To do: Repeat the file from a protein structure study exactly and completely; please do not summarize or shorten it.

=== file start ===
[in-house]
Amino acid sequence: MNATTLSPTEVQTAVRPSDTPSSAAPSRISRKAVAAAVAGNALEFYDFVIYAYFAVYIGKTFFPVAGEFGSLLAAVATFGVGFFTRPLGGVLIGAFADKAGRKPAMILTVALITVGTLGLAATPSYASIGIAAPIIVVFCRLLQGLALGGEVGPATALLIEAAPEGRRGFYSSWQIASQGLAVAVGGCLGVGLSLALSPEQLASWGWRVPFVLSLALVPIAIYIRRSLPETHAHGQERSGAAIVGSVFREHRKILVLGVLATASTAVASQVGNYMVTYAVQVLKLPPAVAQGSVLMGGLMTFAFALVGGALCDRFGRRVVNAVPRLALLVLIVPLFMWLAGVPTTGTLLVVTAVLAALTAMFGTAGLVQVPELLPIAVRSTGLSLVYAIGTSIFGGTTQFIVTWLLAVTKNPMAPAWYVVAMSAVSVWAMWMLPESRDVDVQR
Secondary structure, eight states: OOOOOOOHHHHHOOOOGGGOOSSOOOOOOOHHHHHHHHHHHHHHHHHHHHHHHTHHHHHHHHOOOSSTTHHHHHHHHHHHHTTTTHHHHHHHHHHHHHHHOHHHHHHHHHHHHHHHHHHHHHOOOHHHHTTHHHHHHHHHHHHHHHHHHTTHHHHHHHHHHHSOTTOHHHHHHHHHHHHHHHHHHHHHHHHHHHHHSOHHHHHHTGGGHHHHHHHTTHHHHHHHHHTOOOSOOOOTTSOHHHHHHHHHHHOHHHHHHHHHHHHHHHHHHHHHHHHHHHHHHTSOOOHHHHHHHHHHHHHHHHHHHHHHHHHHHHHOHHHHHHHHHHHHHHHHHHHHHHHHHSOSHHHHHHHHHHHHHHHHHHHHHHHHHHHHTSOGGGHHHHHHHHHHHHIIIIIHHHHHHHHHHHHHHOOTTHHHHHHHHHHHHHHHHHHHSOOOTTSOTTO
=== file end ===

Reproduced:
[in-house]
Amino acid sequence: MNATTLSPTEVQTAVRPSDTPSSAAPSRISRKAVAAAVAGNALEFYDFVIYAYFAVYIGKTFFPVAGEFGSLLAAVATFGVGFFTRPLGGVLIGAFADKAGRKPAMILTVALITVGTLGLAATPSYASIGIAAPIIVVFCRLLQGLALGGEVGPATALLIEAAPEGRRGFYSSWQIASQGLAVAVGGCLGVGLSLALSPEQLASWGWRVPFVLSLALVPIAIYIRRSLPETHAHGQERSGAAIVGSVFREHRKILVLGVLATASTAVASQVGNYMVTYAVQVLKLPPAVAQGSVLMGGLMTFAFALVGGALCDRFGRRVVNAVPRLALLVLIVPLFMWLAGVPTTGTLLVVTAVLAALTAMFGTAGLVQVPELLPIAVRSTGLSLVYAIGTSIFGGTTQFIVTWLLAVTKNPMAPAWYVVAMSAVSVWAMWMLPESRDVDVQR
Secondary structure, eight states: OOOOOOOHHHHHOOOOGGGOOSSOOOOOOOHHHHHHHHHHHHHHHHHHHHHHHTHHHHHHHHOOOSSTTHHHHHHHHHHHHTTTTHHHHHHHHHHHHHHHOHHHHHHHHHHHHHHHHHHHHHOOOHHHHTTHHHHHHHHHHHHHHHHHHTTHHHHHHHHHHHSOTTOHHHHHHHHHHHHHHHHHHHHHHHHHHHHHSOHHHHHHTGGGHHHHHHHTTHHHHHHHHHTOOOSOOOOTTSOHHHHHHHHHHHOHHHHHHHHHHHHHHHHHHHHHHHHHHHHHHTSOOOHHHHHHHHHHHHHHHHHHHHHHHHHHHHHOHHHHHHHHHHHHHHHHHHHHHHHHHSOSHHHHHHHHHHHHHHHHHHHHHHHHHHHHTSOGGGHHHHHHHHHHHHIIIIIHHHHHHHHHHHHHHOOTTHHHHHHHHHHHHHHHHHHHSOOOTTSOTTO